The semi-detached house is set over two floors, and has a private patio.

The property is located near to bus links and amenities, as well as Catford train station.

Edinburgh fringe: This three-bed property is located on the edge of the city, near to the town of Musselburgh

Edinburgh fringe: This three-bed property is located on the edge of the city, near to the town of Musselburgh

3. Edinburgh: Three-bed house, £350,000

This three-bedroom detached house in Edinburgh could be yours for £350,000.

The house, which has a two-car driveway, boasts a large kitchen diner, and is within easy reach of Newcriaghall train station.


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Top 10 Florida Cities Dominate The Business Startup Landscape In The U.S.

Top 10 Florida Cities And Business Startup Landscape In The U.S.

The Voice Of EU | Florida emerges as a hub for entrepreneurial endeavors, with its vibrant business landscape and conducive environment for startups. Renowned for its low corporate tax rates and a high concentration of investors, the Sunshine State beckons aspiring entrepreneurs seeking fertile grounds to launch and grow their businesses.

In a recent report by WalletHub, Florida cities dominate the list of the top 10 best destinations for business startups, showcasing their resilience and economic vitality amidst challenging times.

From Orlando’s thriving market to Miami’s dynamic ecosystem, each city offers unique advantages and opportunities for entrepreneurial success. Let’s delve into the chronologically listed cities that exemplify Florida’s prominence in the business startup arena.

1. Orlando Leads the Way: Orlando emerges as the most attractive market in the U.S. for business startups, with a remarkable surge in small business establishments. WalletHub’s latest report highlights Orlando’s robust ecosystem, fostering the survival and growth of startups, buoyed by a high concentration of investors per capita.

2. Tampa Takes Second Place: Securing the second spot among large cities for business startups, Tampa boasts a favorable business environment attributed to its low corporate tax rates. The city’s ample investor presence further fortifies startups, providing essential resources for navigating the initial years of business operations.

3. Charlotte’s Diverse Industries: Claiming the third position, Charlotte stands out for its diverse industrial landscape and exceptionally low corporate taxes, enticing companies to reinvest capital. This conducive environment propels entrepreneurial endeavors, contributing to sustained economic growth.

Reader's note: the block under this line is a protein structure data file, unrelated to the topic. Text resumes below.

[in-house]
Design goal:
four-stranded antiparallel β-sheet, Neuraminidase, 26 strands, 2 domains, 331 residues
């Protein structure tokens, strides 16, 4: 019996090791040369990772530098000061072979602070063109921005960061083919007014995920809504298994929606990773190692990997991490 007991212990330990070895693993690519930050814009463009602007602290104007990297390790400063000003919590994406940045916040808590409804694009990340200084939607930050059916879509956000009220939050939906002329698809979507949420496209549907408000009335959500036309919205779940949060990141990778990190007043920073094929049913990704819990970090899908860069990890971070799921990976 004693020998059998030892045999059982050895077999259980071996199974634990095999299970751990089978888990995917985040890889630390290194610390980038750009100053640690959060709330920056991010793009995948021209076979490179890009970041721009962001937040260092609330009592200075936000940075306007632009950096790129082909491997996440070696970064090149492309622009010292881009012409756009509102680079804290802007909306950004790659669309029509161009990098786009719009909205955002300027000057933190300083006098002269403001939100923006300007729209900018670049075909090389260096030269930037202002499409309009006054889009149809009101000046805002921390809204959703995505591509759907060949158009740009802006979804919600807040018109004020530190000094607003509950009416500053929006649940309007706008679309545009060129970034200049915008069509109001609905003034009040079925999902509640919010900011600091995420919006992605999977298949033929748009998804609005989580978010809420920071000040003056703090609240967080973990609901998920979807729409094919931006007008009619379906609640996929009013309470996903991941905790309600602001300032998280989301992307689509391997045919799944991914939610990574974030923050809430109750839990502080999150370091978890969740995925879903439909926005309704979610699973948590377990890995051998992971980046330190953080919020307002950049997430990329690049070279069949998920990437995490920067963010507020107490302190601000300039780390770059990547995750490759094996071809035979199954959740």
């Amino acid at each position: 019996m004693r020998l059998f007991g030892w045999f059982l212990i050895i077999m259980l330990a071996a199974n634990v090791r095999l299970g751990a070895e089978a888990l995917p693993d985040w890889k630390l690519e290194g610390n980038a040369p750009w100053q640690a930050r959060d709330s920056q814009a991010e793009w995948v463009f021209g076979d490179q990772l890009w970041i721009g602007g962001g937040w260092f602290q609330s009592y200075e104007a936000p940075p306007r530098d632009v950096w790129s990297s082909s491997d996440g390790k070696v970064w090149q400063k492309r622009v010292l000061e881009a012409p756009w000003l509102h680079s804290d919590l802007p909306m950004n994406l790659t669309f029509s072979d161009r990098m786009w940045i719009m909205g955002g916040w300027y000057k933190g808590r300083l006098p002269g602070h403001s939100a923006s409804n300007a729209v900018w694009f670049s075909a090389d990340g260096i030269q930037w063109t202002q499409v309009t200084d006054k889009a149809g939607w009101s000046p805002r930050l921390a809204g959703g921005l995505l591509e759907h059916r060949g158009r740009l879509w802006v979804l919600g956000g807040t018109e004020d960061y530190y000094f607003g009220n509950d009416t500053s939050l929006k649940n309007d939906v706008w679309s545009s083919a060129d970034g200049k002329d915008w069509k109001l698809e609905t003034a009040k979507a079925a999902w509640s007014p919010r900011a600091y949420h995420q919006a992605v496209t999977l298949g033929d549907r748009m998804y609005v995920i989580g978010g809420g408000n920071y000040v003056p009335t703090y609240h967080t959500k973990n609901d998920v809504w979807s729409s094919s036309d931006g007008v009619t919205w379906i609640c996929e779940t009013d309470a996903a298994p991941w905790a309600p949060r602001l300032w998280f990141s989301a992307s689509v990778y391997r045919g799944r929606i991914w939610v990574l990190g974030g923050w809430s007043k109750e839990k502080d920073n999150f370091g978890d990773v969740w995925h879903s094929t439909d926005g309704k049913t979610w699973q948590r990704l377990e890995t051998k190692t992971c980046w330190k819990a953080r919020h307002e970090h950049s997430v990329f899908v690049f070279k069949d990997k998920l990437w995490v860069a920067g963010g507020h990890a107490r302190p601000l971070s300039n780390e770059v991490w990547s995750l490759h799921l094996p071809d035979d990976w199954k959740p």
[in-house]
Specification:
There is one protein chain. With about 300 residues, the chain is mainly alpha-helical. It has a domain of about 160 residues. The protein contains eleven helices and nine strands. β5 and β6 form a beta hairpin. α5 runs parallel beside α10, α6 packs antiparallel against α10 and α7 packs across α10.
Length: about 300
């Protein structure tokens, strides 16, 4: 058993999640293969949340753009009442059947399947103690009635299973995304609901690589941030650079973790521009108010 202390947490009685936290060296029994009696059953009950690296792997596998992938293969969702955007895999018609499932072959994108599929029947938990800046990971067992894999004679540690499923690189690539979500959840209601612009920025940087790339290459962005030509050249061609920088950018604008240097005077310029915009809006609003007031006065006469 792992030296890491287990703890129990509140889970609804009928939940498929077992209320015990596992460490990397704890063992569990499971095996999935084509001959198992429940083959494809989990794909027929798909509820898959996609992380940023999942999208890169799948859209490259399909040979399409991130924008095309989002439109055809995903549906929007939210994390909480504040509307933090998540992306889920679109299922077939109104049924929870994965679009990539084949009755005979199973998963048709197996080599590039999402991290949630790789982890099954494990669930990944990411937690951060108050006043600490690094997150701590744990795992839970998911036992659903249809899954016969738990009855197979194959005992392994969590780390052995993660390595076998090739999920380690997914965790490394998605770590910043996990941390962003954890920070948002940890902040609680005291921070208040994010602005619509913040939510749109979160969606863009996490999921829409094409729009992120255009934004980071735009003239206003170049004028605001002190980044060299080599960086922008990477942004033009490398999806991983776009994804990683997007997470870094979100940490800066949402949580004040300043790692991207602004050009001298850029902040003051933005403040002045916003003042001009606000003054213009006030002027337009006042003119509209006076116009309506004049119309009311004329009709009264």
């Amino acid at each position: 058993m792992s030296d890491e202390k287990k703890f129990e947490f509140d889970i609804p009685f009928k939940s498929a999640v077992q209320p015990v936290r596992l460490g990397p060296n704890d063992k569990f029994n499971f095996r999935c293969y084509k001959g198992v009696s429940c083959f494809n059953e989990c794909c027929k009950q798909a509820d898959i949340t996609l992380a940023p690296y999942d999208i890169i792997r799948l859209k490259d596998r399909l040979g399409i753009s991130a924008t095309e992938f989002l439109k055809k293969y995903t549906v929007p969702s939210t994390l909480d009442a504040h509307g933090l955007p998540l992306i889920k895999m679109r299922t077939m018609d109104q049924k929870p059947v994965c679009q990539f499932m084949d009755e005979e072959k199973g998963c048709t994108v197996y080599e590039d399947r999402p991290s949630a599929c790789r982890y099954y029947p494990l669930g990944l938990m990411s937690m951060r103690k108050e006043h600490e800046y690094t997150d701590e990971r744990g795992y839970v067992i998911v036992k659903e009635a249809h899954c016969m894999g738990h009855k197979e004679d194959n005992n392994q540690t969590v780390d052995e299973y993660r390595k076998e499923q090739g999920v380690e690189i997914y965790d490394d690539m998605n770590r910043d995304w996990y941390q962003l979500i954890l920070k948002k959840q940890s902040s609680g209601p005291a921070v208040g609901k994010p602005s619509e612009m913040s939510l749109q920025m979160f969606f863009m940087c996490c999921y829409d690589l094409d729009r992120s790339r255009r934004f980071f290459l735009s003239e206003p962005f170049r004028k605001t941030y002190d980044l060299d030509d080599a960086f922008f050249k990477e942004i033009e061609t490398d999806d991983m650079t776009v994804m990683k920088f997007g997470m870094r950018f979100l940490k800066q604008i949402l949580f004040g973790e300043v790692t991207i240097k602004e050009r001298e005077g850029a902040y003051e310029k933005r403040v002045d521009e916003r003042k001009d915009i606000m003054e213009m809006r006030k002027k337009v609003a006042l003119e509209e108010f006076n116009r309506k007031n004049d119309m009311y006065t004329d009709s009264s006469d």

4. Jacksonville’s Rising Profile: Jacksonville emerges as a promising destination for startups, bolstered by its favorable business climate. The city’s strategic positioning fosters entrepreneurial ventures, attracting aspiring business owners seeking growth opportunities.

5. Miami’s Entrepreneurial Hub: Miami solidifies its position as a thriving entrepreneurial hub, attracting businesses with its dynamic ecosystem and strategic location. The city’s vibrant startup culture and supportive infrastructure make it an appealing destination for ventures of all sizes.

6. Atlanta’s Economic Momentum: Atlanta’s ascent in the business startup landscape underscores its economic momentum and favorable business conditions. The city’s strategic advantages and conducive policies provide a fertile ground for entrepreneurial ventures to flourish.

7. Fort Worth’s Business-Friendly Environment: Fort Worth emerges as a prime destination for startups, offering a business-friendly environment characterized by low corporate taxes. The city’s supportive ecosystem and strategic initiatives facilitate the growth and success of new ventures.

8. Austin’s Innovation Hub: Austin cements its status as an innovation hub, attracting startups with its vibrant entrepreneurial community and progressive policies. The city’s robust infrastructure and access to capital foster a conducive environment for business growth and innovation.

9. Durham’s Emerging Entrepreneurship Scene: Durham’s burgeoning entrepreneurship scene positions it as a promising destination for startups, fueled by its supportive ecosystem and strategic initiatives. The city’s collaborative culture and access to resources contribute to the success of new ventures.

10. St. Petersburg’s Thriving Business Community: St. Petersburg rounds off the top 10 with its thriving business community and supportive ecosystem for startups. The city’s strategic advantages and favorable business climate make it an attractive destination for entrepreneurial endeavors.

Despite unprecedented challenges posed by the COVID-19 pandemic, the Great Resignation, and high inflation, these top Florida cities remain resilient and well-equipped to overcome obstacles, offering promising opportunities for business owners and entrepreneurs alike.